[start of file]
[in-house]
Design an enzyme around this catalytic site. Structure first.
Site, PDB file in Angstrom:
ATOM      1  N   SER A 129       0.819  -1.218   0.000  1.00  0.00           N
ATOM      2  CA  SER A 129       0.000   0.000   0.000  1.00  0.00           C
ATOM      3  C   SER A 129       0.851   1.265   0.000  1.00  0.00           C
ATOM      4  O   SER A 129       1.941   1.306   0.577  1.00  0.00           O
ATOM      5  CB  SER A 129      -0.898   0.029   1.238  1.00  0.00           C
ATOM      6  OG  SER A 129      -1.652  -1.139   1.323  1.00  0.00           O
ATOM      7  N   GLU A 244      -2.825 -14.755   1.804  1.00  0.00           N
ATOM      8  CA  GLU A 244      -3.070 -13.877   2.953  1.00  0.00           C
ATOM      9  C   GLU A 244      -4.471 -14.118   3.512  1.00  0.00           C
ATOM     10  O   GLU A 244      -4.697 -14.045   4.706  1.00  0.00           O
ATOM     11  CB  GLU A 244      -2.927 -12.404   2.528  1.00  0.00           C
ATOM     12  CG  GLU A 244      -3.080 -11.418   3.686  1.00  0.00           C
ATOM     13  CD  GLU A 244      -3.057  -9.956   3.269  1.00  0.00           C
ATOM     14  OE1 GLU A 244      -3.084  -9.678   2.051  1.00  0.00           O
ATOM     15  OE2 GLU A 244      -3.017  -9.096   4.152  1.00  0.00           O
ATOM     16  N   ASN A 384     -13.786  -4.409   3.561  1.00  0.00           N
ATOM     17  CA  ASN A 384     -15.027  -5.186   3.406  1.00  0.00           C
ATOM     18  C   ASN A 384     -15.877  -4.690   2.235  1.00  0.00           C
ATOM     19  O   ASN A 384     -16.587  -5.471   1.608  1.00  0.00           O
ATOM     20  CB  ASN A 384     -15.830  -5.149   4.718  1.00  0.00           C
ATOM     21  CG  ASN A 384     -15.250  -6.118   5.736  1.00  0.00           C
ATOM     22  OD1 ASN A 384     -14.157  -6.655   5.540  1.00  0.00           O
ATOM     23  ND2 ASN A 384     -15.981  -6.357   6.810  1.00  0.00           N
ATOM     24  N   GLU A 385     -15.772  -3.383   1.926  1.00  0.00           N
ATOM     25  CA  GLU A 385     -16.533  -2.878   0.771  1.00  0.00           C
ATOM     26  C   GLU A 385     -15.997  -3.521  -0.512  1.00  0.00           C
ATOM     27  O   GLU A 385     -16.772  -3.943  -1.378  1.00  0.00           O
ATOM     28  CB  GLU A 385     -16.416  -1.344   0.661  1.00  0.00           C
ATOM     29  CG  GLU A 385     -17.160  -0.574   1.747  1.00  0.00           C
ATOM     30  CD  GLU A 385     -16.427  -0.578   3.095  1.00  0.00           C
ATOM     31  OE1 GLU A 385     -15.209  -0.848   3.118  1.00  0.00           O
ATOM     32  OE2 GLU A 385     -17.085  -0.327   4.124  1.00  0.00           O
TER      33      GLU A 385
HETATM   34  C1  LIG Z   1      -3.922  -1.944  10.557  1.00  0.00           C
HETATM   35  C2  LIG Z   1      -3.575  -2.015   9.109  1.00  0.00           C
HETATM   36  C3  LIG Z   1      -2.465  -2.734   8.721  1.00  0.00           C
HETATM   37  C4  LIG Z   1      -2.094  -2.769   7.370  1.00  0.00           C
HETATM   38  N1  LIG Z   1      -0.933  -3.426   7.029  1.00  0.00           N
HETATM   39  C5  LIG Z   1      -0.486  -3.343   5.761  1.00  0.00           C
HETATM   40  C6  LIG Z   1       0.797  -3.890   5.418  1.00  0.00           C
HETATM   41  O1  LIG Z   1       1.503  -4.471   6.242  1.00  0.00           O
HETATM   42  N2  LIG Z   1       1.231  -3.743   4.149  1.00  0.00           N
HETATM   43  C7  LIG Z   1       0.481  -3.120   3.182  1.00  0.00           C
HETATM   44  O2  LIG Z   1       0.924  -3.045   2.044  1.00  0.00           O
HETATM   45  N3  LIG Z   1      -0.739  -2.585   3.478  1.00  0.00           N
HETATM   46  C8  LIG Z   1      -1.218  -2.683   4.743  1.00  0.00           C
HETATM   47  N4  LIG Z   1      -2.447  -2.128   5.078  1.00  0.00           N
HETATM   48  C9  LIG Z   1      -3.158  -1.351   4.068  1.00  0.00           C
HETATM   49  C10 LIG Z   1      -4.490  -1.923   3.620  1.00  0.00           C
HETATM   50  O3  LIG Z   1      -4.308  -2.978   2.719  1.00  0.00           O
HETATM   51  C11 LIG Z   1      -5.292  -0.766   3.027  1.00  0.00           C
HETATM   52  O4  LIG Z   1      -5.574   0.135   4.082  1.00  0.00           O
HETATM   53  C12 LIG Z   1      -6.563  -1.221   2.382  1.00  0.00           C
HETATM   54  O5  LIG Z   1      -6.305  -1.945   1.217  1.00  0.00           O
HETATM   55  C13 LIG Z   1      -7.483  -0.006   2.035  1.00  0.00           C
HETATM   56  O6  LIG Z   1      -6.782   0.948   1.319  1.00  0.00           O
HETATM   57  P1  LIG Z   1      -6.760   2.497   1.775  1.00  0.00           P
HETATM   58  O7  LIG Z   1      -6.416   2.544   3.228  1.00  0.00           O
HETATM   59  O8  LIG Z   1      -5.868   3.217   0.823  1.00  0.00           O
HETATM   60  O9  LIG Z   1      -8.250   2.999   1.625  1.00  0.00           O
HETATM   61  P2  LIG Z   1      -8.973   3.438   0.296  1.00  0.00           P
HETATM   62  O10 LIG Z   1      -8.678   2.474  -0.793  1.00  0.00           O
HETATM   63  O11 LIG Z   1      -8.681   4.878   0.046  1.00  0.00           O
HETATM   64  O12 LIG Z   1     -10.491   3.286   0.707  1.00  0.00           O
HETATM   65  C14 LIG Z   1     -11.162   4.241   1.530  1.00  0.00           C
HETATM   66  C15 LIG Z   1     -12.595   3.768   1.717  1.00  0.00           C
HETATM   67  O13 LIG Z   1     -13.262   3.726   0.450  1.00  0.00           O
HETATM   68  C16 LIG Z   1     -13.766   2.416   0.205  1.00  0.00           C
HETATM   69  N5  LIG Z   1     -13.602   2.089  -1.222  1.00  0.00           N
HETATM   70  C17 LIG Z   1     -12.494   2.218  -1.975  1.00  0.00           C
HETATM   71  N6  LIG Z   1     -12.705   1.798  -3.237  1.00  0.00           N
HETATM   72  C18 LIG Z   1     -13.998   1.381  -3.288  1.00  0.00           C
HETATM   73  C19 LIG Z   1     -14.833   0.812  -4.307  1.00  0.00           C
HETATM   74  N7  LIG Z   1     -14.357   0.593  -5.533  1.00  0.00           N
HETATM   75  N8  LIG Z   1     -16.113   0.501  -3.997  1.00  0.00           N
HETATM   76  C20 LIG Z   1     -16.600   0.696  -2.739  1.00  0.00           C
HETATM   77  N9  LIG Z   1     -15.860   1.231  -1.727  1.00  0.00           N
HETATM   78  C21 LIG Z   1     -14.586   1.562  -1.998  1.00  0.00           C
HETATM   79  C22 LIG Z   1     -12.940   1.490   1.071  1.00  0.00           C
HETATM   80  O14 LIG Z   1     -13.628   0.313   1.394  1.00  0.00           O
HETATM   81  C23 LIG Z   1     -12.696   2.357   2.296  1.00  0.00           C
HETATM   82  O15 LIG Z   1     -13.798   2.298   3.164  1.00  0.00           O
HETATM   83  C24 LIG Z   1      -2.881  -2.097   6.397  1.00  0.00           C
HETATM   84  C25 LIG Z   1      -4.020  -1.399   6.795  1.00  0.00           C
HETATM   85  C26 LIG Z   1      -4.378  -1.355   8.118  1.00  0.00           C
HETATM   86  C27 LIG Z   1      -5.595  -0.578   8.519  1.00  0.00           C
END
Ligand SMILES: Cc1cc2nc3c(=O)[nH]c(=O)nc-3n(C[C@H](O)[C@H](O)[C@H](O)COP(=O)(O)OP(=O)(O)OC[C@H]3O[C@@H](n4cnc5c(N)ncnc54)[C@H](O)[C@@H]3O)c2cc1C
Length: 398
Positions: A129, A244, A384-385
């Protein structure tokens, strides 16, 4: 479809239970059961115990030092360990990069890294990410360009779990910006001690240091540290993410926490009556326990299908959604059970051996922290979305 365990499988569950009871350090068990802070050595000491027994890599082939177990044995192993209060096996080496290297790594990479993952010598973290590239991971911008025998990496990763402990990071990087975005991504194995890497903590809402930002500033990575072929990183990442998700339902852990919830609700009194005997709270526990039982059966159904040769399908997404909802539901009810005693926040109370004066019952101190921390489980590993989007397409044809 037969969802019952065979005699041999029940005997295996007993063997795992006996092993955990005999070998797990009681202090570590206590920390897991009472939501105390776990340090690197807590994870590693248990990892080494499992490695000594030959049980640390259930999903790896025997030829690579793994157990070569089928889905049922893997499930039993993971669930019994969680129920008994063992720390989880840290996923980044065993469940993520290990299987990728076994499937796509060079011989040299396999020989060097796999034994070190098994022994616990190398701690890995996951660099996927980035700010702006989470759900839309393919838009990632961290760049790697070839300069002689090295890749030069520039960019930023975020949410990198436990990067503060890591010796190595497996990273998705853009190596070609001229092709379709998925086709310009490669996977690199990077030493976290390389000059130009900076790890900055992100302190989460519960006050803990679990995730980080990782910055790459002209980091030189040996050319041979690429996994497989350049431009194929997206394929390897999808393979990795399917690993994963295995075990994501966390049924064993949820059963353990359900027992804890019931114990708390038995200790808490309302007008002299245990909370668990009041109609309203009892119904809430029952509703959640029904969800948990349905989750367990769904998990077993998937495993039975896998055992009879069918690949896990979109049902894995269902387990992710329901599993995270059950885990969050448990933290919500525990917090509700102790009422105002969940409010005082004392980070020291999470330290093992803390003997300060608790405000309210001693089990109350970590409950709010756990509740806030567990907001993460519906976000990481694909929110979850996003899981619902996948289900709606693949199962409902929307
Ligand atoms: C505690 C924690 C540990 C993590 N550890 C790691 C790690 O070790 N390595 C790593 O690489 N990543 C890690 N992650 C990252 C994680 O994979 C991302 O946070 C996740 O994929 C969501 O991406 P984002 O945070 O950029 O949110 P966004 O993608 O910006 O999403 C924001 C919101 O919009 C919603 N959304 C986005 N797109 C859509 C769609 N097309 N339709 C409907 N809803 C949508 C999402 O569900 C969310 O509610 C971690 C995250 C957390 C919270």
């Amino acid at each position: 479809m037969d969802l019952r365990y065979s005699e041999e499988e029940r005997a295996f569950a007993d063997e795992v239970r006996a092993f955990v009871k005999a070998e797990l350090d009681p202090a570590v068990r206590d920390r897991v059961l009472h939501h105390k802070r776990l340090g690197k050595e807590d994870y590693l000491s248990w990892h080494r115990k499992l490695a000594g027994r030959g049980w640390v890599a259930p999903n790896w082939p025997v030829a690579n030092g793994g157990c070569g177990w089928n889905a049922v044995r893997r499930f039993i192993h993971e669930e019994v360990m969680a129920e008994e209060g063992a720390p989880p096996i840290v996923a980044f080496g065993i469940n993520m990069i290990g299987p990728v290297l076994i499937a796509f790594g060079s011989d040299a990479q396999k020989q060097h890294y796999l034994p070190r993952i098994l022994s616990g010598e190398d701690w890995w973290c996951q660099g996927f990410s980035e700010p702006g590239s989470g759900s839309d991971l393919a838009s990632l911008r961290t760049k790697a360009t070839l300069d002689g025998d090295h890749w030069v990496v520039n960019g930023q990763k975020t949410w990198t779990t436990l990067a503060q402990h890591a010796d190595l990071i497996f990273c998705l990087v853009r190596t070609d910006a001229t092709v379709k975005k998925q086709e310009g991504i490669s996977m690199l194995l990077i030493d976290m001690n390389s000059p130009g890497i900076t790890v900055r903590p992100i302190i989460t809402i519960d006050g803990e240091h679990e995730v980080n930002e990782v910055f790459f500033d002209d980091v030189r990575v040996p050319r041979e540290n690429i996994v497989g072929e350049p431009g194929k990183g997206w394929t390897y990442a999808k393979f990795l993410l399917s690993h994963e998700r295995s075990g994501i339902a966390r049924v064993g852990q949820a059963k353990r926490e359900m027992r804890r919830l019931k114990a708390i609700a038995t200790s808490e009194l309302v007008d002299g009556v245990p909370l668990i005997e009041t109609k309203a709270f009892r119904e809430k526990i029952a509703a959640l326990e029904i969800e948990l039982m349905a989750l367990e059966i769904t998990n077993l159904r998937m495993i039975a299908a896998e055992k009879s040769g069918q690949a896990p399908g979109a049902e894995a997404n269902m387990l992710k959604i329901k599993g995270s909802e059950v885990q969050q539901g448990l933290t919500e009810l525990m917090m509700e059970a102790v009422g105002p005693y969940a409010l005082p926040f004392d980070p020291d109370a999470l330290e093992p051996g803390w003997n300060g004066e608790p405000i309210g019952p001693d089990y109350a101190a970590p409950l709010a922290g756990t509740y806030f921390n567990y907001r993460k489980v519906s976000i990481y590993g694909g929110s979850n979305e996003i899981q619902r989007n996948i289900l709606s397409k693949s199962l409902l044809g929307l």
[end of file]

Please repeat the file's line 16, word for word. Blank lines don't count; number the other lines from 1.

ATOM     13  CD  GLU A 244      -3.057  -9.956   3.269  1.00  0.00           C